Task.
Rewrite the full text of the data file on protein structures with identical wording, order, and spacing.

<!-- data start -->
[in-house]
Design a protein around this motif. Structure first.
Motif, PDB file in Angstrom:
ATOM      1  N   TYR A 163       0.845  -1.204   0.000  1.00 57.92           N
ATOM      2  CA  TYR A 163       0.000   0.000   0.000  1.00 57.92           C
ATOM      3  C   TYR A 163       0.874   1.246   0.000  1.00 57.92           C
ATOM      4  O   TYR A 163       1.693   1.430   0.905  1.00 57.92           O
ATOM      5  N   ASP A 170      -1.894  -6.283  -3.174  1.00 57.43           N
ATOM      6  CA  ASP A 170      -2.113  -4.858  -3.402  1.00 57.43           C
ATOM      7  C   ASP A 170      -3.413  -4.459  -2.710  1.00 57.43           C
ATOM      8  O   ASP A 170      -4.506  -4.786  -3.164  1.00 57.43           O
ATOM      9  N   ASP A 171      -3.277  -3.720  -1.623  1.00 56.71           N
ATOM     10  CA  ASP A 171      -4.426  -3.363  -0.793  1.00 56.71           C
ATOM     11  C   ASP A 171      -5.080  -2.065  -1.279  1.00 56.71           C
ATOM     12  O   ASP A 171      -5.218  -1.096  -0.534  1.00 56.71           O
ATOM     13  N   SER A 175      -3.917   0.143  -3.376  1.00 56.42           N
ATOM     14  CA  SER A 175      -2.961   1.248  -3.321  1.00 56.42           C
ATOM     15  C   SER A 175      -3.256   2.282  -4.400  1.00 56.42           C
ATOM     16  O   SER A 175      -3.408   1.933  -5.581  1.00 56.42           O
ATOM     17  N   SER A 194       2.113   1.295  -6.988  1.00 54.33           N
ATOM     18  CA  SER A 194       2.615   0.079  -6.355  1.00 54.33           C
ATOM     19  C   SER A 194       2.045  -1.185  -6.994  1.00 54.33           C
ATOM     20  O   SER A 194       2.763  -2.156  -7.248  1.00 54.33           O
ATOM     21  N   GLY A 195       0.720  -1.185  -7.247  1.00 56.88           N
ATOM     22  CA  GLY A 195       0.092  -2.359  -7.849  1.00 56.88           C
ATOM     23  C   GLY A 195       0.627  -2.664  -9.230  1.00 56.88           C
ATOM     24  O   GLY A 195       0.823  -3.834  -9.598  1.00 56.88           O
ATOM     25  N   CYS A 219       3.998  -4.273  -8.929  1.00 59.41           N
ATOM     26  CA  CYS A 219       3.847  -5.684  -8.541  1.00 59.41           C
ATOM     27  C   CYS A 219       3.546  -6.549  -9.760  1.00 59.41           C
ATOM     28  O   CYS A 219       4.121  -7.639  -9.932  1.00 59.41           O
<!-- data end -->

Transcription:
[in-house]
Design a protein around this motif. Structure first.
Motif, PDB file in Angstrom:
ATOM      1  N   TYR A 163       0.845  -1.204   0.000  1.00 57.92           N
ATOM      2  CA  TYR A 163       0.000   0.000   0.000  1.00 57.92           C
ATOM      3  C   TYR A 163       0.874   1.246   0.000  1.00 57.92           C
ATOM      4  O   TYR A 163       1.693   1.430   0.905  1.00 57.92           O
ATOM      5  N   ASP A 170      -1.894  -6.283  -3.174  1.00 57.43           N
ATOM      6  CA  ASP A 170      -2.113  -4.858  -3.402  1.00 57.43           C
ATOM      7  C   ASP A 170      -3.413  -4.459  -2.710  1.00 57.43           C
ATOM      8  O   ASP A 170      -4.506  -4.786  -3.164  1.00 57.43           O
ATOM      9  N   ASP A 171      -3.277  -3.720  -1.623  1.00 56.71           N
ATOM     10  CA  ASP A 171      -4.426  -3.363  -0.793  1.00 56.71           C
ATOM     11  C   ASP A 171      -5.080  -2.065  -1.279  1.00 56.71           C
ATOM     12  O   ASP A 171      -5.218  -1.096  -0.534  1.00 56.71           O
ATOM     13  N   SER A 175      -3.917   0.143  -3.376  1.00 56.42           N
ATOM     14  CA  SER A 175      -2.961   1.248  -3.321  1.00 56.42           C
ATOM     15  C   SER A 175      -3.256   2.282  -4.400  1.00 56.42           C
ATOM     16  O   SER A 175      -3.408   1.933  -5.581  1.00 56.42           O
ATOM     17  N   SER A 194       2.113   1.295  -6.988  1.00 54.33           N
ATOM     18  CA  SER A 194       2.615   0.079  -6.355  1.00 54.33           C
ATOM     19  C   SER A 194       2.045  -1.185  -6.994  1.00 54.33           C
ATOM     20  O   SER A 194       2.763  -2.156  -7.248  1.00 54.33           O
ATOM     21  N   GLY A 195       0.720  -1.185  -7.247  1.00 56.88           N
ATOM     22  CA  GLY A 195       0.092  -2.359  -7.849  1.00 56.88           C
ATOM     23  C   GLY A 195       0.627  -2.664  -9.230  1.00 56.88           C
ATOM     24  O   GLY A 195       0.823  -3.834  -9.598  1.00 56.88           O
ATOM     25  N   CYS A 219       3.998  -4.273  -8.929  1.00 59.41           N
ATOM     26  CA  CYS A 219       3.847  -5.684  -8.541  1.00 59.41           C
ATOM     27  C   CYS A 219       3.546  -6.549  -9.760  1.00 59.41           C
ATOM     28  O   CYS A 219       4.121  -7.639  -9.932  1.00 59.41           O